From sci-fi to sci-fact - Easter Bytes
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There is fun for all the family at Easter Bytes Festival at The National Museum of Computing on Bletchley Park with technology past and present, fact and fiction.
The biggest and best Bytes Festival yet kicks off with sci-fi features on Easter weekend. Star Wars characters from the UK Garrison plus four Daleks and the man behind the Daleks’ voices will be in residence on Saturday 26 March. There will be free entry that weekend for under 16s who come dressed in sci-fi costumes! (Under 16s must be accompanied by an adult.)
And that’s only the start of the Bytes Festival! Across the 17 days, there are lots of events, appearances and workshops sure to fascinate every member of the family.
The sci-fi turns to sci-fact when MyndPlay lets you control devices using the power of your mind with the first Virtual Reality-ready brainwave headset!
The magic continues when Pi-top brings the world’s first 3d printed laptop and runs sessions with Raspberry-Pi operated laptops.
There will also be lots of workshops to keep fingers busy and minds active. Have an introduction to coding with FUZE and Bits and Bytes, join Tablet Academy to learn about Minecraft, meet, greet and even program OhBot the robot, design your own video game, create an app with Blippit and have a go with Oculus Rift.
There are chances to win great prizes, like Wacom’s creative tablets, too.
There won’t be a dull moment among seven decades of computing in the home of Colossus. The whole Museum will be fully open to the public 25 March - 10 April. Even Bernie the Northampton Saints Rugby Club mascot is coming to see what’s happening on Thursday 31 March.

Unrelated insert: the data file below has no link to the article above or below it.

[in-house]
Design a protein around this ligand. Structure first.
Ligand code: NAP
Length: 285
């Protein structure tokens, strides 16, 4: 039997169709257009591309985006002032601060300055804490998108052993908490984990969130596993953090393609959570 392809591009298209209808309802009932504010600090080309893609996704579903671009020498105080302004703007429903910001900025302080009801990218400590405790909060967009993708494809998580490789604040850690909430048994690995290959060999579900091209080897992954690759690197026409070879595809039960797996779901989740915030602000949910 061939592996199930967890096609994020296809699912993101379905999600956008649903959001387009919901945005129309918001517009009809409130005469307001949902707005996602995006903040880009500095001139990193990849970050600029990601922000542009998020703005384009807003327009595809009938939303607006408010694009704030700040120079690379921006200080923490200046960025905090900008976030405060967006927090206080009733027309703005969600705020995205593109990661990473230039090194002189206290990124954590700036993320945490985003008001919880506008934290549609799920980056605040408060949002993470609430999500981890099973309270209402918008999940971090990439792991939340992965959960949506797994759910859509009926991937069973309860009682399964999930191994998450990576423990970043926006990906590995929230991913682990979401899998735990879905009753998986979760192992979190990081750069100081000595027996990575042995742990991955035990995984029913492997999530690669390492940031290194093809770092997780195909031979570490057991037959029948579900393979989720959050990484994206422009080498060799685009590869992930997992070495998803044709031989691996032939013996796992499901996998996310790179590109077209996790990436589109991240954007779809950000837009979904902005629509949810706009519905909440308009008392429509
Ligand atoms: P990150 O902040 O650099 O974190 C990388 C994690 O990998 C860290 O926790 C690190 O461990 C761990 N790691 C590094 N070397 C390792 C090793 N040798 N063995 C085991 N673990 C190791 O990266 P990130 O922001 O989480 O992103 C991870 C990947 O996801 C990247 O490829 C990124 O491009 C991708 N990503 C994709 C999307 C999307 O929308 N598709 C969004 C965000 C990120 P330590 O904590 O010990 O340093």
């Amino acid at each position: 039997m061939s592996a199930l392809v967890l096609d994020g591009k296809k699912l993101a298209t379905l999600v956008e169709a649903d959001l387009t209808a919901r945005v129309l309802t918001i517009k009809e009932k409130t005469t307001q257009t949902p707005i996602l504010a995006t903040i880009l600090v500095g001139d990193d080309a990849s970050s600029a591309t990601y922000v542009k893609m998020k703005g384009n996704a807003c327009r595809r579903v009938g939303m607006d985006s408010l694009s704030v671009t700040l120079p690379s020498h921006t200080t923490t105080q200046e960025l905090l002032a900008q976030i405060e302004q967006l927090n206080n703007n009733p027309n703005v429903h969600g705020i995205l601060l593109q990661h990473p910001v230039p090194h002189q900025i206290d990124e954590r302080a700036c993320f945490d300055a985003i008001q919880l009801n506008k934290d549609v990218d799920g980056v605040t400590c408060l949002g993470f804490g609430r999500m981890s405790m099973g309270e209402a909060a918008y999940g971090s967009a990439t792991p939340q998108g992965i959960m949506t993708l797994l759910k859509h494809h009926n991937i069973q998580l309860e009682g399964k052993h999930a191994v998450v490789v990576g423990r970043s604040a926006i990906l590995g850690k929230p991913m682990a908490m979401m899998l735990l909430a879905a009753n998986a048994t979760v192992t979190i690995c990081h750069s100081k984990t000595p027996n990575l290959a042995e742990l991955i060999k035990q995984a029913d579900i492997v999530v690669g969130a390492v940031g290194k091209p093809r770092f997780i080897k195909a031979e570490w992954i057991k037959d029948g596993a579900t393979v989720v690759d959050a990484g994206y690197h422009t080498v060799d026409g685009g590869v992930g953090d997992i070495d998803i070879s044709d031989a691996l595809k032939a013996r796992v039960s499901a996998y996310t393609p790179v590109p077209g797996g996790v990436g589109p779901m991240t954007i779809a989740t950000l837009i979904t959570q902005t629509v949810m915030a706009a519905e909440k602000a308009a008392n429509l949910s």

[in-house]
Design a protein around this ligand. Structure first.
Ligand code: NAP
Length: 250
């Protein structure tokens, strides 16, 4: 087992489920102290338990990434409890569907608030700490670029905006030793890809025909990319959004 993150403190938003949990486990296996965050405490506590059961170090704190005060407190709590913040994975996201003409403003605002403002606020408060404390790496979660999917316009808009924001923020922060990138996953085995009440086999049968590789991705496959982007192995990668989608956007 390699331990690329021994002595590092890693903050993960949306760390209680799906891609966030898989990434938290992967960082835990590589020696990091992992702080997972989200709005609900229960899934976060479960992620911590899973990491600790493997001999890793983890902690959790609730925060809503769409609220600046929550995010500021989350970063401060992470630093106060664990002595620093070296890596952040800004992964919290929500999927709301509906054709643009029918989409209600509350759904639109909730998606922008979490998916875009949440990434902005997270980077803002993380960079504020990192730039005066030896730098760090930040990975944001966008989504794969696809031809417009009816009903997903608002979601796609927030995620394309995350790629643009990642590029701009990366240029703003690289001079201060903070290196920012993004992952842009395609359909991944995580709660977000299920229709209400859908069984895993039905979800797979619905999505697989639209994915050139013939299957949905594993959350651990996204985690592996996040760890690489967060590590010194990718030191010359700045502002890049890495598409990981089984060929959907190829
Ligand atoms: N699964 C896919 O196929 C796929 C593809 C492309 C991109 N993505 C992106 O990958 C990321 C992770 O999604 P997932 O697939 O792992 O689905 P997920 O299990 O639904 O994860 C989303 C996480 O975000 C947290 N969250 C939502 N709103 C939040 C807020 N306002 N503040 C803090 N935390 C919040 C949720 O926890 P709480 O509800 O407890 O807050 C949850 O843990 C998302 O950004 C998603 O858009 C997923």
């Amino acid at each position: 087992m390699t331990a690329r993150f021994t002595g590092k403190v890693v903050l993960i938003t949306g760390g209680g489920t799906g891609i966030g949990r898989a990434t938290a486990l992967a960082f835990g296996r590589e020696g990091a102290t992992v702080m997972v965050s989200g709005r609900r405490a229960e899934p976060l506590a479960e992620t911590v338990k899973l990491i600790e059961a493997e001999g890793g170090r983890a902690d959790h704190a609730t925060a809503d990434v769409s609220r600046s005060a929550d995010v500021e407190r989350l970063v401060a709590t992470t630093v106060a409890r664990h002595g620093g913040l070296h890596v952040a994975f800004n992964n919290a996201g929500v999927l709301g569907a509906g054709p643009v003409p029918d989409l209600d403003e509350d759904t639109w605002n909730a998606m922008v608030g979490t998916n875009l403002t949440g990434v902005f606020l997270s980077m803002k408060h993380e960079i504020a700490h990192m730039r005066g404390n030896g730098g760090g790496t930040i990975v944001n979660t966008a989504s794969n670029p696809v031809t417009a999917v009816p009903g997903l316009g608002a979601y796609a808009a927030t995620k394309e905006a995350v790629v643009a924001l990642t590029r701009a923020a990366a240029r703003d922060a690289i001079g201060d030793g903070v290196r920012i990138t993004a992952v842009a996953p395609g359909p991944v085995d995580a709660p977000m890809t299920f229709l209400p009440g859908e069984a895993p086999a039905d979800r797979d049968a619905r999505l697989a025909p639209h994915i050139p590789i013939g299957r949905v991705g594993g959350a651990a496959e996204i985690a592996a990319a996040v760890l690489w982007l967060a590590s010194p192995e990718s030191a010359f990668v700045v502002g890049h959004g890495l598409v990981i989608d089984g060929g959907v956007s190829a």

For the full programme of events, see www.tnmoc.org/bytes. TNMOC is on Bletchley Park, just a short walk from Bletchley train station.
About The National Museum of Computing
The National Museum of Computing, located on Bletchley Park, is an independent charity housing the world's largest collection of functional historic computers, including the rebuilt Colossus, the world’s first electronic computer, and the WITCH, the world's oldest working digital computer. The Museum enables visitors to follow the development of computing from the ultra-secret pioneering efforts of the 1940s through the large systems and mainframes of the 1950s, 60s and 70s, and the rise of personal computing in the 1980s and beyond.
The Museum runs a highly successful Learning Programme for schools and colleges and promotes introductions to computer coding amongst young people, especially females, to inspire the next generation of computer scientists and engineers. In 2016, Fujitsu will be creating a Fujitsu Innovation Hub in the TNMOC Classroom for visiting students and general visitors.
Funders of the Museum have included Bletchley Park Capital Partners, Bloomberg, CreateOnline, Ceravision, Fujitsu, InsightSoftware.com, Ocado Technology, FUZE, 4Links, Google UK, IBM, NPL, HP Labs, and BCS.
Outside the Easter Bytes period, the whole Museum is open to the public from 12 noon - 5pm on Thursdays, Saturdays and Sundays, spring and summer Bank Holidays and during long school holidays. The Colossus and Tunny galleries are open daily. Public and private Guided Tours are available and bookable online – see the website or the iPhone app for details. Educational and corporate group visits are available by prior arrangement.
For more information about TNMOC and trustees, see www.tnmoc.org and follow @tnmoc on Twitter and The National Museum of Computing on Facebook and Google+. A TNMOC iPhone App is also available from the iPhone App Store.
Stephen Fleming, Palam Communications